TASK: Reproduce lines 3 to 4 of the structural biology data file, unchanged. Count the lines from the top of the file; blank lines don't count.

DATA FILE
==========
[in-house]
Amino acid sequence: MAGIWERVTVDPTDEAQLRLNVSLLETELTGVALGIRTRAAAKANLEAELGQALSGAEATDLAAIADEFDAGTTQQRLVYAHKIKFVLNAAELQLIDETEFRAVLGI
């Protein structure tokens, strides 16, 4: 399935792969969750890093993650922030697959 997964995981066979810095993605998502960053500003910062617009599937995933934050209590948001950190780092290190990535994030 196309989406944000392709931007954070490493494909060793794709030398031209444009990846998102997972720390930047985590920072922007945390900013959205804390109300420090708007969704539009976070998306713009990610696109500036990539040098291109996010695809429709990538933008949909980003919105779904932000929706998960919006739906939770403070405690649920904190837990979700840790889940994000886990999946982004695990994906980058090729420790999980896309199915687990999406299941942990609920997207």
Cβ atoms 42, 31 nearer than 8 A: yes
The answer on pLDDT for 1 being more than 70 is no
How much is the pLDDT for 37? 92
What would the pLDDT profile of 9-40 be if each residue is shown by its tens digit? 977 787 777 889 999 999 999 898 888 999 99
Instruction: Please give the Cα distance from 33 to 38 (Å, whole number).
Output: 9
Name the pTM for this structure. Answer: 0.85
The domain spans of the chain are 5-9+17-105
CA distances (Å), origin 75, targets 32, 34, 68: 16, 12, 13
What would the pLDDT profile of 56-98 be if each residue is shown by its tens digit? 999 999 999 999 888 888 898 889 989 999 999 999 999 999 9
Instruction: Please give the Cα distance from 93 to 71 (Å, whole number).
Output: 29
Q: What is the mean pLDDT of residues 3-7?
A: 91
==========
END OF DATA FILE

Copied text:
């Protein structure tokens, strides 16, 4: 399935792969969750890093993650922030697959 997964995981066979810095993605998502960053500003910062617009599937995933934050209590948001950190780092290190990535994030 196309989406944000392709931007954070490493494909060793794709030398031209444009990846998102997972720390930047985590920072922007945390900013959205804390109300420090708007969704539009976070998306713009990610696109500036990539040098291109996010695809429709990538933008949909980003919105779904932000929706998960919006739906939770403070405690649920904190837990979700840790889940994000886990999946982004695990994906980058090729420790999980896309199915687990999406299941942990609920997207």
Cβ atoms 42, 31 nearer than 8 A: yes